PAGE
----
The Kiribati Protestant Church

The Kiribati Protestant Church is a Congregationalist Protestant Christian denomination in Kiribati. With approximately 40,000 members the church is the second-largest religious group in Kiribati and accounts for approximately 36 percent of the population of the country.

The first resident missionary to Kiribati came with Hawaiian pastors in 1857, through the American Board of Commissioners for Foreign Mission. They settled in Northern Kiribati and established a school to teach young people to read and write. Although their success in evangelization was limited, their greatest contribution was the translation of the Bible, completed in 1893 and the translation of Christian hymns into the Kiribati language. In 1870 a number of Samoan missionaries came with a missionary from the London Missionary Society (LMS) to Southern Kiribati. A boarding school, a training institution for pastors and a printing press were established in 1900. The ABCFM finally left in 1917 and entrusted all the schools and churches in Northern and Central Kiribati to the London Missionary Society. In 1920 local pastors started to help the Samoan pastors in the evangelization and recruiting for pastors from Samoa gradually ended. By 1945, after World War II, the local pastors gradually took over from the Samoans and started to prepare plans for autonomy which culminated at the first general assembly of the Gilbert Island Protestant Church in 1968. The name changed to Kiribati Protestant Church in 1979 when the Gilbert Islands became independent as the Republic of Kiribati.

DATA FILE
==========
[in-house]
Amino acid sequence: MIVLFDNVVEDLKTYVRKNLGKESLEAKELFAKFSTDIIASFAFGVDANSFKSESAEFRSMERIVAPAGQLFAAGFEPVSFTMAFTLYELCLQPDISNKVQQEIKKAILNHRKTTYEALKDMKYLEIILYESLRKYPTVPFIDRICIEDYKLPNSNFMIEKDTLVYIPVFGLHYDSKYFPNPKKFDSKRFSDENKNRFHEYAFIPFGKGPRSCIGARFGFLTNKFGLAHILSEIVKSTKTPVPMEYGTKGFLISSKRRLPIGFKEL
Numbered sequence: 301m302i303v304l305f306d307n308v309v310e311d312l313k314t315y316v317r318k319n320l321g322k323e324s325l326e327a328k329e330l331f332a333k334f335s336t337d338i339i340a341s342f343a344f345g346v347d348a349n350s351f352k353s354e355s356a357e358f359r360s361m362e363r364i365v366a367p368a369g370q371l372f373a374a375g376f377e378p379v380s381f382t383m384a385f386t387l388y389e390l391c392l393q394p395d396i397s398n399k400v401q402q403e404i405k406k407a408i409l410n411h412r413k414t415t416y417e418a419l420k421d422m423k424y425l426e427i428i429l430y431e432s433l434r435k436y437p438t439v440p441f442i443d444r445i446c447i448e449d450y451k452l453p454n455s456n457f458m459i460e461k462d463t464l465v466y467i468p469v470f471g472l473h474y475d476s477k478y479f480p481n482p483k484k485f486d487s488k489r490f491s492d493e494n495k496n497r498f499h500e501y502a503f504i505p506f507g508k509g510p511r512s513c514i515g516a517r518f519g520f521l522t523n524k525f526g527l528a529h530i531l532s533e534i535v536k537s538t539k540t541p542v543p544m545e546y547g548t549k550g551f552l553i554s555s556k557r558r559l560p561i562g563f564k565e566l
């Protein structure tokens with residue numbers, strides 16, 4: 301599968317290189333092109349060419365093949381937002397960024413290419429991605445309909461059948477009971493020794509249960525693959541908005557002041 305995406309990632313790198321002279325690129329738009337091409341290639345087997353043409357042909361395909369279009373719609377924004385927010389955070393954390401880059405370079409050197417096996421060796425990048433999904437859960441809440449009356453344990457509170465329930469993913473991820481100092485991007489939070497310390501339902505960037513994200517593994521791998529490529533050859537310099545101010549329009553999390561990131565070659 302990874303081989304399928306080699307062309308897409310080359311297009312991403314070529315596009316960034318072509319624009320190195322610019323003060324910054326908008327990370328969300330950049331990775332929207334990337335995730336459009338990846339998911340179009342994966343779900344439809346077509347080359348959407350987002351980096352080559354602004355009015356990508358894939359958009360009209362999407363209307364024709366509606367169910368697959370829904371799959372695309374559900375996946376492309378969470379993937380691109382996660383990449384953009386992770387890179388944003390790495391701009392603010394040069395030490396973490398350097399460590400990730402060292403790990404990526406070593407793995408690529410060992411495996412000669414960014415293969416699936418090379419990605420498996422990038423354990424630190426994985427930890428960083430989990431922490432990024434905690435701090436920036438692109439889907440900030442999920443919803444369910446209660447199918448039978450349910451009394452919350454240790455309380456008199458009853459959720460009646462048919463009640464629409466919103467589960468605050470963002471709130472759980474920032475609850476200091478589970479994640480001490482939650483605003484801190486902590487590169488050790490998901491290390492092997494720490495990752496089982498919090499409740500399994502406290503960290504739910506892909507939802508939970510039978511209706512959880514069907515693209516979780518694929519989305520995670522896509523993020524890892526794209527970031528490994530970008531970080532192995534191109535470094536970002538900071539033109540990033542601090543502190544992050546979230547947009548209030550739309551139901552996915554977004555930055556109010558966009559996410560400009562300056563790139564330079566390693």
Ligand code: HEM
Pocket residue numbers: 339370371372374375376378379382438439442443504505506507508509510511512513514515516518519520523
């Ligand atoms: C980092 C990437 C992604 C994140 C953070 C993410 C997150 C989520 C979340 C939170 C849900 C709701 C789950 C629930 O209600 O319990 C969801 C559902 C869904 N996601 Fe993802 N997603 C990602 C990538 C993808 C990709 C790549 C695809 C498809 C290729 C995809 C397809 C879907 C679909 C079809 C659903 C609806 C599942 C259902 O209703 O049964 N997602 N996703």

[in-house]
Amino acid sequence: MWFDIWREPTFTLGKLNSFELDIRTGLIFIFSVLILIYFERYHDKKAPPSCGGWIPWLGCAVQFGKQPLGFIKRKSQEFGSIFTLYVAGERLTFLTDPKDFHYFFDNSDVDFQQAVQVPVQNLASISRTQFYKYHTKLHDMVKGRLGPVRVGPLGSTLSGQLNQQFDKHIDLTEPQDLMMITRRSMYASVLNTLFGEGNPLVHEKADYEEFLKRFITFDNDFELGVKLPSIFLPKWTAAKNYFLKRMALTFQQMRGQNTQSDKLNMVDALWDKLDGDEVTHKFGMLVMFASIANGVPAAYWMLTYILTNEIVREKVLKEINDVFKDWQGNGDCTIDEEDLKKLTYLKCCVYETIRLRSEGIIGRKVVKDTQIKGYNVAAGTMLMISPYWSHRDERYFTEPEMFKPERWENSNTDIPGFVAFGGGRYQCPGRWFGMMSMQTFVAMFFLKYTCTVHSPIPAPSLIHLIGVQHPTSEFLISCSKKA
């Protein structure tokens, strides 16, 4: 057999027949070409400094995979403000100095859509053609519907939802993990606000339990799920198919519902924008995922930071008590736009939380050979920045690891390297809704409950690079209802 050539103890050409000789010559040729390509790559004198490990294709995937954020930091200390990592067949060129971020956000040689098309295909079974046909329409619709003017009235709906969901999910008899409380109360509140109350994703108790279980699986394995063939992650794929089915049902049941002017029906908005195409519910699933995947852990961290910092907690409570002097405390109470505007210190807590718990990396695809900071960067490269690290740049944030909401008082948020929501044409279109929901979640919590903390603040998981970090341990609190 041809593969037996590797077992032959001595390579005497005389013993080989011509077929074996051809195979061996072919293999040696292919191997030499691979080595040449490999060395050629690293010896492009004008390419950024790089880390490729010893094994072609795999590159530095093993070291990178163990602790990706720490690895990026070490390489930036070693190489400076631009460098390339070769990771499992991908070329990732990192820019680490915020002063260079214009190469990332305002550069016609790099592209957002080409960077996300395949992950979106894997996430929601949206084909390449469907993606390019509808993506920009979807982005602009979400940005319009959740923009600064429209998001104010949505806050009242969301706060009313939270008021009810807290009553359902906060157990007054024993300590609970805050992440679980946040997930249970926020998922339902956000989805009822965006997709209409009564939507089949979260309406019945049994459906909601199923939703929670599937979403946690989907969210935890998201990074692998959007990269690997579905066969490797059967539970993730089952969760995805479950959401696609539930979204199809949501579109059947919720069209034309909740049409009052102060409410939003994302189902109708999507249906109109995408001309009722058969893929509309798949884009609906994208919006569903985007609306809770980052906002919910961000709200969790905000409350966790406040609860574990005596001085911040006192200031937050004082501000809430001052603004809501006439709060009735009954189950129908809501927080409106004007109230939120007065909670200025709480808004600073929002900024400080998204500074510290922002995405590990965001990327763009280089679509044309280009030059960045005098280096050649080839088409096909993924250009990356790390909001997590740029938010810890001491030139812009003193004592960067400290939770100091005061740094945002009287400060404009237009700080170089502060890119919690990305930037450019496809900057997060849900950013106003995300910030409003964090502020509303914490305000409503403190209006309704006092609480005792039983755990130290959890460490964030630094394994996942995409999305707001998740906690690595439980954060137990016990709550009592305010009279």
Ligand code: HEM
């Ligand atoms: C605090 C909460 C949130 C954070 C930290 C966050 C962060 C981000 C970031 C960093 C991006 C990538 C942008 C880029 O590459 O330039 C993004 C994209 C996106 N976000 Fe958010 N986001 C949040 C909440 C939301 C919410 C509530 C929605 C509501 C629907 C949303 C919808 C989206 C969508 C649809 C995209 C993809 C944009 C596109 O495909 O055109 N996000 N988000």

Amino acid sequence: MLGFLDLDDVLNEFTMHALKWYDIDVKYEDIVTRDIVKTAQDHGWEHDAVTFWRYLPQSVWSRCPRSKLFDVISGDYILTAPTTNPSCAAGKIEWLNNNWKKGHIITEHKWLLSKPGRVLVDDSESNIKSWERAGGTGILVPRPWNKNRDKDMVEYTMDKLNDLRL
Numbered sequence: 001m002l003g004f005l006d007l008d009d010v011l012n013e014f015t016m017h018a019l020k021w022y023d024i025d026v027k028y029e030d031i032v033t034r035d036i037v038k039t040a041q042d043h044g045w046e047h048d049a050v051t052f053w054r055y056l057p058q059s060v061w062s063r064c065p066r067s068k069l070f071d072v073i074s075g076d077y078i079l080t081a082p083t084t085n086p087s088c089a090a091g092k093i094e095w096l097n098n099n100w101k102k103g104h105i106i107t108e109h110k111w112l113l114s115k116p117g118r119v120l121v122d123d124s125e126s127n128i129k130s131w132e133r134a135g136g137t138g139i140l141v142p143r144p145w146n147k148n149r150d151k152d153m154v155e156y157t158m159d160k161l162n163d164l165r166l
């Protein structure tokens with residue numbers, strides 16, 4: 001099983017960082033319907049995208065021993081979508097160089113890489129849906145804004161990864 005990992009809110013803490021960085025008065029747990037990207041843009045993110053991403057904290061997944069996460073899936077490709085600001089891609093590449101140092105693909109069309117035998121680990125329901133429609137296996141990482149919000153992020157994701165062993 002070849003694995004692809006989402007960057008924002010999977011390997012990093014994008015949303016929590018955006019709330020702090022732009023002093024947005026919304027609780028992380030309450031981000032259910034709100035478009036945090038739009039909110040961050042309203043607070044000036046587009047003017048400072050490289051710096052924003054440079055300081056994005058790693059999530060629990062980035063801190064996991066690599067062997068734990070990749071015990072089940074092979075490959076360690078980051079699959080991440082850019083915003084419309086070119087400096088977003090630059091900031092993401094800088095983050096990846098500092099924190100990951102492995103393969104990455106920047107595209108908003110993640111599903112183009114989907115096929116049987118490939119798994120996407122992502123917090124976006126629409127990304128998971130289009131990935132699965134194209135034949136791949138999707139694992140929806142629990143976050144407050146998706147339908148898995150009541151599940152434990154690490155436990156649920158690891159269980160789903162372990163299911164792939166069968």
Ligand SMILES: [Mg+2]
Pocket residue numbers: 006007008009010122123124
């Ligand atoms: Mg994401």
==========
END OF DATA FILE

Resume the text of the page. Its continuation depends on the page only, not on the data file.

The Kiribati Protestant Church is actively involved in youth and Sunday school programs, women’s activities, mission to seamen (a joint venture with the Roman Catholic Church), chaplaincy work, vocational training for young men and women, and secondary schools. The pastors of the church are trained at Tangintebu Theological College.

At present the KPC has over 20 female ministers and over 100 male ministers and over 20 lay preachers.  There are over 30 ministers who are engaged with the administrative, managerial, bishopric, theological, church education, chaplaincy and missionary work. The majority of church members are ordinary fishermen and copra cutters. Membership is increasing and churches in villages are also expanding. The experience is vividly seen in most churches on the capital Tarawa on Sundays and other church functions. Thus, huge maneaba (halls) have been used instead of church buildings to accommodate worshippers on Sunday.